News listing [1]

27 May 2016

[2]New guidance to support teachers of 11-16 science in the use of mathematical ideas in the science curriculum has been published today by the Association for Science Education (ASE). The guidance was developed with funding from the Nuffield Foundation.

*The Language of Mathematics in Science: A Guide for Teachers of 11-16 Science * [2]provides an overview of relevant ideas in secondary school mathematics and where they are used in science. It aims to clarify terminology, and indicate where there may be problems in student understanding. The publication includes explanations of key ideas and terminology in mathematics, guidance about good practice in applying mathematical ideas in science, along with a glossary of terms.

The development of the materials has involved extensive input from various panels of educators and teachers in science and mathematics.

The ASE worked closely with the leading examination awarding bodies AQA, Edexcel, Eduqas and OCR, and we will continue to collaborate as they further develop and exemplify good quality assessment items of mathematics in science.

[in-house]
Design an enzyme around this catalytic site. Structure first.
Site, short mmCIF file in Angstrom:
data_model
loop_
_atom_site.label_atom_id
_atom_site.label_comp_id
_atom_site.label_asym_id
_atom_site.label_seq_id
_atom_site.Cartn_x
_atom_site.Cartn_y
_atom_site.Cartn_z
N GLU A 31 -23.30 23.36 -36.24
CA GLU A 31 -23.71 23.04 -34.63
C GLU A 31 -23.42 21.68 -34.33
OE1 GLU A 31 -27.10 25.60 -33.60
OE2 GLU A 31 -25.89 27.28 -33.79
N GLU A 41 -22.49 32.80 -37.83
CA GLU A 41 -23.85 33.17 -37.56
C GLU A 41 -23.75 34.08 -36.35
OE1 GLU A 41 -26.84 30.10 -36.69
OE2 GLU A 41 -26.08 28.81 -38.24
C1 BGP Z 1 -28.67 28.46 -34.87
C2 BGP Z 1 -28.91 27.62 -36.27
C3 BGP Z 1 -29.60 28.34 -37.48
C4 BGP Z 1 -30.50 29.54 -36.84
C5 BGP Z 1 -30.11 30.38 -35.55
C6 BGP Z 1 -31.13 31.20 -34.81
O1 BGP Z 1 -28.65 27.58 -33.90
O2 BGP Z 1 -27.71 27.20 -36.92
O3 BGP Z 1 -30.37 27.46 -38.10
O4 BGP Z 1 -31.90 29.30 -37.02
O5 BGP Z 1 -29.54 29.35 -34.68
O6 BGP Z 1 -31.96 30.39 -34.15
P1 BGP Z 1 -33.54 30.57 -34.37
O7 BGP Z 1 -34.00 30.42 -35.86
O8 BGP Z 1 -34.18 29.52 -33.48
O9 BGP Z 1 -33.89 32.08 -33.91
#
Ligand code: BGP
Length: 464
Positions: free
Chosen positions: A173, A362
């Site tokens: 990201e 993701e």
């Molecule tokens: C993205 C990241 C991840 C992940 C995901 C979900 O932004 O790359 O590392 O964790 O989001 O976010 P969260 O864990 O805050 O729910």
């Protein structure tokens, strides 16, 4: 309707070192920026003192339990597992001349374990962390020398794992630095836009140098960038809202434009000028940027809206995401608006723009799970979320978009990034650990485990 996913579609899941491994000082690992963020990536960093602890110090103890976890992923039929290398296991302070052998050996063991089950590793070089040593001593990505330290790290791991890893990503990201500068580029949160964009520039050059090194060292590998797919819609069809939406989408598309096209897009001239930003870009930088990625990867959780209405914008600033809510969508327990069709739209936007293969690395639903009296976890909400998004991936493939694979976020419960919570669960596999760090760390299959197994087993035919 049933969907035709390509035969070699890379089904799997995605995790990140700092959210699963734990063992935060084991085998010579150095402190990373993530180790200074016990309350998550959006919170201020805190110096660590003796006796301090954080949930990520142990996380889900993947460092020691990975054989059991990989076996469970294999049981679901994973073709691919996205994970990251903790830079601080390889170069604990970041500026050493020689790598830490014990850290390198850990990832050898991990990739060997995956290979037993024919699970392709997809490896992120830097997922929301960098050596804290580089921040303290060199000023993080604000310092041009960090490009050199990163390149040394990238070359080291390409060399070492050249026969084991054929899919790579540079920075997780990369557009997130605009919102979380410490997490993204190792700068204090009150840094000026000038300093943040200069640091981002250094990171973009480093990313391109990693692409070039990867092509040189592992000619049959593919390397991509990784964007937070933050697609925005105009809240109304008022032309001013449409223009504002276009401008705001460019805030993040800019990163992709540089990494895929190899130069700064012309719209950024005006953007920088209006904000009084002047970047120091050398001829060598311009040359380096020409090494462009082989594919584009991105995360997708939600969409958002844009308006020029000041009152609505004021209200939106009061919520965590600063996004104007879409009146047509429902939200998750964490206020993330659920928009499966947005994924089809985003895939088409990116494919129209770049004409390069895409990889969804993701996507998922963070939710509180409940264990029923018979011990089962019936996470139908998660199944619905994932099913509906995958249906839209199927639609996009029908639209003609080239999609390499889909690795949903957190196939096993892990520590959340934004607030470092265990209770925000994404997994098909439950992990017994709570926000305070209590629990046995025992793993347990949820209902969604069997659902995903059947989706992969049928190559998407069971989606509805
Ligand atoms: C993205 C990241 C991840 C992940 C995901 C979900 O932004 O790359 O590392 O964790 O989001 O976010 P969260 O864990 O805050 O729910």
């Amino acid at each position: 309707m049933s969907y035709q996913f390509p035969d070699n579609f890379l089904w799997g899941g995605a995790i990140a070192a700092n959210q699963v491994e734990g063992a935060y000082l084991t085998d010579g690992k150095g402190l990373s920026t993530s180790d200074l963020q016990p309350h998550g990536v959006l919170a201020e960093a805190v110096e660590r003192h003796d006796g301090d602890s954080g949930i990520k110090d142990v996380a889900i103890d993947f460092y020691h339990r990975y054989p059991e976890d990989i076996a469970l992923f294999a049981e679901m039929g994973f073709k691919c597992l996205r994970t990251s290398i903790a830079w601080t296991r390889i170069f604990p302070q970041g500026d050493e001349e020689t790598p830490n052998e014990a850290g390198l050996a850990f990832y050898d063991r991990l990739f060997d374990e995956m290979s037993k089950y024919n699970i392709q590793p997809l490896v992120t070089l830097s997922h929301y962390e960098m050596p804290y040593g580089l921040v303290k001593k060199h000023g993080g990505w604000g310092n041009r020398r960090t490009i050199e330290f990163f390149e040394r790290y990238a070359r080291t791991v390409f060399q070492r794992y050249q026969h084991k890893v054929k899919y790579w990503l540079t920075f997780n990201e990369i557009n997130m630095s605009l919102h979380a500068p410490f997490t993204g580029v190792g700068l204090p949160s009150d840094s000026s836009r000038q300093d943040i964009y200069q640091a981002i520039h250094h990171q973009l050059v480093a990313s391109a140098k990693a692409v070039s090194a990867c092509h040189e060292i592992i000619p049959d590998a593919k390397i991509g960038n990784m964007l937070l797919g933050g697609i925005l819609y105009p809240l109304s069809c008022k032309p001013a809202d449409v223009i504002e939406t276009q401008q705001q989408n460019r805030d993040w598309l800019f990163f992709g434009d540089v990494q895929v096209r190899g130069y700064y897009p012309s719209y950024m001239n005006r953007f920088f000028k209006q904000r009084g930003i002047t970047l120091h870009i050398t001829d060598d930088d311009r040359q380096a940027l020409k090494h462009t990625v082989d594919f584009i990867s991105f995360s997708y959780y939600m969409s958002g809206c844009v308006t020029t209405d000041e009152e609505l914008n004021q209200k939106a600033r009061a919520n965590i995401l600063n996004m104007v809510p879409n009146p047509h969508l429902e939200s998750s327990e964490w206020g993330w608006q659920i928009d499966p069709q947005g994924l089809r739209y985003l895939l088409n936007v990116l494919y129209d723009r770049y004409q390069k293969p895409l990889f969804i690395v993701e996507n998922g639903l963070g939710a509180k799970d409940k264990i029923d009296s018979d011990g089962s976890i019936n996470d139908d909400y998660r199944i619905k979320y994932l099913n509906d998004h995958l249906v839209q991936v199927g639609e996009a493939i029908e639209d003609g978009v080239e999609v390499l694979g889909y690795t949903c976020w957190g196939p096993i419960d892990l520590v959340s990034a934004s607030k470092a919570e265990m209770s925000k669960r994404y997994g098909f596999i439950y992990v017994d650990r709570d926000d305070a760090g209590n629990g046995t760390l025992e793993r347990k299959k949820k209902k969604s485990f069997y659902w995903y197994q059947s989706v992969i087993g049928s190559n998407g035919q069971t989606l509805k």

In statements today [3] the leading awarding bodies have issued formal support for the guidance. Kathryn Booth, Senior Manager for Science at Pearson Edexcel said: "The new mathematics requirements in science GCSE examinations certainly present a challenge to both teachers and learners. We are very supportive of the aims of ASE’s ‘Language of Mathematics in Science’ project in seeking to provide clarity on mathematics at 11-16 and to support linkage with mathematics used in a science context."

ASE’s Chief Executive, Shaun Reason, said: "It’s been incredibly important to have the support from the awarding bodies for our new guidance, which is recommending achievable practice, and is an initial step in ASE’s continued commitment to supporting teachers with the increased mathematical challenges in science today."

**Links:**

[1] http://www.nuffieldfoundation.org/news

[2] http://www.ase.org.uk/documents/language-of-mathematics-in-science-1/

[3] http://www.ase.org.uk/resources/maths-in-science/exam-boards-further-guidance/